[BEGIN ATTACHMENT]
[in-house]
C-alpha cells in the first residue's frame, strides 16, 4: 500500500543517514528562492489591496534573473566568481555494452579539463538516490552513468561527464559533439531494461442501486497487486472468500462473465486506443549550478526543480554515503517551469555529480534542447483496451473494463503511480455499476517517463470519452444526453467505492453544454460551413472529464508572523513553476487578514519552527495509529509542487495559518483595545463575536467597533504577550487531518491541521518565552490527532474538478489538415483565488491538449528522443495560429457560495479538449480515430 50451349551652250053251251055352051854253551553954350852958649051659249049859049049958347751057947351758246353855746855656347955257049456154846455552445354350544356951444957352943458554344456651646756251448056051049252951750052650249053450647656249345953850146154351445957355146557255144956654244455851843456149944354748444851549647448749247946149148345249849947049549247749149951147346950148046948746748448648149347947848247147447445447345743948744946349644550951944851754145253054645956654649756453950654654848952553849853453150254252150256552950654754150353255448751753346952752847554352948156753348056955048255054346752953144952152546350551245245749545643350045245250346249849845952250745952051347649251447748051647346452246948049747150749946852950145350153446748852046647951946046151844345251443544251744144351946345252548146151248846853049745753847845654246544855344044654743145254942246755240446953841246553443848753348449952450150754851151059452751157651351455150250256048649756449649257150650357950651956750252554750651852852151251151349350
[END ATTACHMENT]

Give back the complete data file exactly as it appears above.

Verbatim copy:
[in-house]
C-alpha cells in the first residue's frame, strides 16, 4: 500500500543517514528562492489591496534573473566568481555494452579539463538516490552513468561527464559533439531494461442501486497487486472468500462473465486506443549550478526543480554515503517551469555529480534542447483496451473494463503511480455499476517517463470519452444526453467505492453544454460551413472529464508572523513553476487578514519552527495509529509542487495559518483595545463575536467597533504577550487531518491541521518565552490527532474538478489538415483565488491538449528522443495560429457560495479538449480515430 50451349551652250053251251055352051854253551553954350852958649051659249049859049049958347751057947351758246353855746855656347955257049456154846455552445354350544356951444957352943458554344456651646756251448056051049252951750052650249053450647656249345953850146154351445957355146557255144956654244455851843456149944354748444851549647448749247946149148345249849947049549247749149951147346950148046948746748448648149347947848247147447445447345743948744946349644550951944851754145253054645956654649756453950654654848952553849853453150254252150256552950654754150353255448751753346952752847554352948156753348056955048255054346752953144952152546350551245245749545643350045245250346249849845952250745952051347649251447748051647346452246948049747150749946852950145350153446748852046647951946046151844345251443544251744144351946345252548146151248846853049745753847845654246544855344044654743145254942246755240446953841246553443848753348449952450150754851151059452751157651351455150250256048649756449649257150650357950651956750252554750651852852151251151349350